Mr Clinton sees signs of democratisation in Jordan as a good reason to strengthen ties. King Hussein's support for Arab-Israeli peace talks has also won him points in Washington.
King Hussein may have a harder time when he meets congressional leaders. Many view him as an apologist for President Saddam Hussein and are still smarting from his condemnation of the US-led operation against Iraq and for delaying United Nations sanctions against Iraq. But if King Hussein wants dollars 35m ( pounds 23m) of aid to be unfrozen, he will need to woo congressional approval.
The king is also to check in for tests at the Mayo Clinic in Minnesota to ensure that the cancer which forced him to have a kidney removed last year has not recurred.
During the royal visit, talks on peace in the Middle East resume in Washington tomorrow, and Arab, Palestinian and Israeli delegations have all promised to turn up. The US is expected to step up its efforts to broker a joint statement between the Palestinians and the Israelis, setting out areas of agreement and disagreement. Limited though this achievement would be, officials feel it would at least mark some tangible sign of progress.
A tangible sign of progress is what they have been longing for in Brazil, where the latest economics minister, Fernando Enrique Cardoso - the country's fourth in eight months - makes his first policy speech in the cabinet today. He will urge austerity and fiscal responsibility as a cure for the country's 32 per cent monthly inflation rate, but probably reject so-called shock treatments and price freezes which have persistently failed in the past.
Mr Cardoso will target central government mismanagement and spendthrift state and local governments. The stakes are high. If his back-to-basics plan works, Mr Cardoso could find himself favourite for next year's presidential elections.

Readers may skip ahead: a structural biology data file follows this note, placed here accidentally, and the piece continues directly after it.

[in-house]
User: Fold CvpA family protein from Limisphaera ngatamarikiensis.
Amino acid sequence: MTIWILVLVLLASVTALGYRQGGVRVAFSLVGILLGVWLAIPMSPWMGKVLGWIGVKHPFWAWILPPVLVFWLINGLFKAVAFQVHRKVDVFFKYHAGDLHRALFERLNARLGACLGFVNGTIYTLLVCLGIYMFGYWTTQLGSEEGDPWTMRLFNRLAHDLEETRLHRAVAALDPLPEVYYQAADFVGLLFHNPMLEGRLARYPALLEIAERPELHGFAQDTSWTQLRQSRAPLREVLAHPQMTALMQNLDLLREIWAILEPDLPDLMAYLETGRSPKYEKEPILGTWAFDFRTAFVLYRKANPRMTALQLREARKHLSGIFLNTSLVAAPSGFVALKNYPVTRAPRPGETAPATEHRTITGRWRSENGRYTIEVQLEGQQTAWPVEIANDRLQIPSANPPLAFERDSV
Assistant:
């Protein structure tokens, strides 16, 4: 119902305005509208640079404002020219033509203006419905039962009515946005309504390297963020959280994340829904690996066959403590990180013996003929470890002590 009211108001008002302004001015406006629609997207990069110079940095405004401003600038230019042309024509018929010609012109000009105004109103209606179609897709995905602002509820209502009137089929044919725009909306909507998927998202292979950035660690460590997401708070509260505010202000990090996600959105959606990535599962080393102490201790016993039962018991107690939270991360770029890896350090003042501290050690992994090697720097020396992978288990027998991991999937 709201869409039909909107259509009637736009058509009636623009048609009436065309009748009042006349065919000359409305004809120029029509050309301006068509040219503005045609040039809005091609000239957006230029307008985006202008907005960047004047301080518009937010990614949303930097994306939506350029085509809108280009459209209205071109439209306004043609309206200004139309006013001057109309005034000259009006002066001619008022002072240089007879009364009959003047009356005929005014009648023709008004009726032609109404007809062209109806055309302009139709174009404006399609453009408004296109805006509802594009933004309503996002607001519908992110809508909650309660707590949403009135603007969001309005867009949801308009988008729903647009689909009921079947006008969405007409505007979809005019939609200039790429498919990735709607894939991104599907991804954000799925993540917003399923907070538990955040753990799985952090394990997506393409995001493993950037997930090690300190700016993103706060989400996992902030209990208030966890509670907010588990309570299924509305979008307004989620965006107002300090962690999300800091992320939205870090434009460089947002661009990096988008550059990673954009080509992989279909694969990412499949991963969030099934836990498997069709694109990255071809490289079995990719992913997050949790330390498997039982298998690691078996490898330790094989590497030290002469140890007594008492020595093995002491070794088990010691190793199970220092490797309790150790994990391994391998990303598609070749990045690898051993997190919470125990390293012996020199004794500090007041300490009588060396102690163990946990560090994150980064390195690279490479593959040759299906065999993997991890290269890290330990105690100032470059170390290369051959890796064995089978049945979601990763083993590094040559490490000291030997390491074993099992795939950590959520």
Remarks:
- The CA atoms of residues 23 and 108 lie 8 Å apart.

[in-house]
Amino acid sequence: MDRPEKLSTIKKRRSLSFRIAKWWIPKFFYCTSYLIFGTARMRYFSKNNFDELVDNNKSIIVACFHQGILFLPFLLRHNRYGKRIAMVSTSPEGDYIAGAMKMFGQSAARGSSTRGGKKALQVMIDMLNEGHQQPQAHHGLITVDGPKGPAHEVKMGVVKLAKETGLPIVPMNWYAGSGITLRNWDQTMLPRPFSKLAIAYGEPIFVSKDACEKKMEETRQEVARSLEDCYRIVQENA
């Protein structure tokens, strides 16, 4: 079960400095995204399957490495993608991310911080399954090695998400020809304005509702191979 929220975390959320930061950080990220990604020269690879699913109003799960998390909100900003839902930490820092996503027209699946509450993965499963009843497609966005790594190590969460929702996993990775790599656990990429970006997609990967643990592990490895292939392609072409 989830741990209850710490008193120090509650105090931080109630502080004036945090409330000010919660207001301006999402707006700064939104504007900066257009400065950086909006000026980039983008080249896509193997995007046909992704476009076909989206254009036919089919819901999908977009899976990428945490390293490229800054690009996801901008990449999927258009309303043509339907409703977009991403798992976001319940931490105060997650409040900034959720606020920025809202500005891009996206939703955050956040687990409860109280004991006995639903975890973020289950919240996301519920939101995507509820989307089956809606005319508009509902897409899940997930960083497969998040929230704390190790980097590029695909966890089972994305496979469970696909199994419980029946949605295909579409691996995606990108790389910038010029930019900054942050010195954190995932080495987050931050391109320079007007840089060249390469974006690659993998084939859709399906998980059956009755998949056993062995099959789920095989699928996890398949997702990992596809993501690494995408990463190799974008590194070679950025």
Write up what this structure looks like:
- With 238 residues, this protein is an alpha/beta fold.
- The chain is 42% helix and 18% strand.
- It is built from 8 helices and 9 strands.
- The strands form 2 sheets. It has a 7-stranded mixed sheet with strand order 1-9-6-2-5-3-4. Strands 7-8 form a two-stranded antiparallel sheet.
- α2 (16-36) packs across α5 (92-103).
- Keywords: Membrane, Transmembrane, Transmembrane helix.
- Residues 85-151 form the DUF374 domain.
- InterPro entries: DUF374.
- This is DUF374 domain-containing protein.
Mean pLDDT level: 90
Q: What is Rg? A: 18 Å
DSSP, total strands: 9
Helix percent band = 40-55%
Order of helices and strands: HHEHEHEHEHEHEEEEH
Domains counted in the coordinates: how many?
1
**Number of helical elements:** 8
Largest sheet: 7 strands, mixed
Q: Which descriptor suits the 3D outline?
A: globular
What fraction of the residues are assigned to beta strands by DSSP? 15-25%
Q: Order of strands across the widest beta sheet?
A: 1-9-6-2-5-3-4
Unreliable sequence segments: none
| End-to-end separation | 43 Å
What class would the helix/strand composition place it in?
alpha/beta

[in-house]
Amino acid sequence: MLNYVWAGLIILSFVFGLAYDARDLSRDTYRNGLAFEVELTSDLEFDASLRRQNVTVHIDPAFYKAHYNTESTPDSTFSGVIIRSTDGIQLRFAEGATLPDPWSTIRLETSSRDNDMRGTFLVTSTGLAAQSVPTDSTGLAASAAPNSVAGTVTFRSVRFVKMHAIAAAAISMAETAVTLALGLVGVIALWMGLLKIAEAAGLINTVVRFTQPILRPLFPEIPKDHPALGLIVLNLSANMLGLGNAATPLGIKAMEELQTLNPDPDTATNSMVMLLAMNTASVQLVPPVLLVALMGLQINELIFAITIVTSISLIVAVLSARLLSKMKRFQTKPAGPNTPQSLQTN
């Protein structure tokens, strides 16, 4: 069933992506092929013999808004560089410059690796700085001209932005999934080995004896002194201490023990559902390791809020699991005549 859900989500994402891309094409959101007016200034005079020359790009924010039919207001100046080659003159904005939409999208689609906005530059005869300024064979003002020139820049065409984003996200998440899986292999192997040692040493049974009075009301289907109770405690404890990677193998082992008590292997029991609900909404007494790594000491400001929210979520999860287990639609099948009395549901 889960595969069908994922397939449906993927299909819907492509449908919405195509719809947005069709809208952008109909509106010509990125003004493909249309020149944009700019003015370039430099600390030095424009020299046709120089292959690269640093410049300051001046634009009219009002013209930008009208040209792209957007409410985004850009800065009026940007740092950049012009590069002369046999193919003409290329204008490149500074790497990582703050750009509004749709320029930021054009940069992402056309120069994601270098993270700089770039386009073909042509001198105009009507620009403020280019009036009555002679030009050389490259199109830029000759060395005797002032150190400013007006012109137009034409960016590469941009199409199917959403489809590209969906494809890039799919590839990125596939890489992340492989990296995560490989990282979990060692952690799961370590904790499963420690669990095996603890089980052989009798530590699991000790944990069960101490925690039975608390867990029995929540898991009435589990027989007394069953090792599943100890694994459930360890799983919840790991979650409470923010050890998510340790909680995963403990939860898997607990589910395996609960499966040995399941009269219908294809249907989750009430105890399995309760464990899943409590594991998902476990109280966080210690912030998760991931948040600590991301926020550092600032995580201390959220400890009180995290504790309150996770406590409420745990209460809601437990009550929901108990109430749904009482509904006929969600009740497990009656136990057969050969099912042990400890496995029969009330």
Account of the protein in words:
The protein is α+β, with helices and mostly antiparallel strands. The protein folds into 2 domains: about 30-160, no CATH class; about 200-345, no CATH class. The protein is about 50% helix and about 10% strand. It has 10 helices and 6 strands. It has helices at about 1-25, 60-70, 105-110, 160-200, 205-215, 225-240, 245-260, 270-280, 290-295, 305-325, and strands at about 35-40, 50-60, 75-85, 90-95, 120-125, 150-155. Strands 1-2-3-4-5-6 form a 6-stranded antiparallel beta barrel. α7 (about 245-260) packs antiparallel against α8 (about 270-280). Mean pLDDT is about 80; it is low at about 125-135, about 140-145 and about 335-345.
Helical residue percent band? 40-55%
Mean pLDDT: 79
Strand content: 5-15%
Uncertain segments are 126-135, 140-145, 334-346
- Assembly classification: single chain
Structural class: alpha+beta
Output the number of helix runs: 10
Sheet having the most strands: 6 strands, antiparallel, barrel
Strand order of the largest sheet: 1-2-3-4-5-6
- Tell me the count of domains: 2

But Brazilians probably feel that anyone would be better than the disgraced Fernando Collor de Mello, who has been summoned to Brazil's Supreme Court tomorrow for questioning on charges of corruption and forming a criminal group. Federal investigators reckon Mr Collor, who resigned as president in December as his trial for impeachment opened, funnelled up to dollars 1bn through dummy accounts and shadow companies to an influence-peddling ring run by his campaign treasurer.
In Germany, Chancellor Helmut Kohl is having a rough time. Under fire for having missed memorial services for Turks killed in an arson attack, he addresses MPs on Wednesday in an emergency debate on racism. Elsewhere in Europe, protest demonstrations are planned against stricter immigration laws in France all this week and in Italy on Thursday.
Japan's nuptial revelries go on: a banquet at the Imperial Palace lasts from tomorrow until Thursday. But, from tomorrow, if you go to an American minor-league baseball match, not only will you be banned from smoking, you won't be able to chew tobacco either.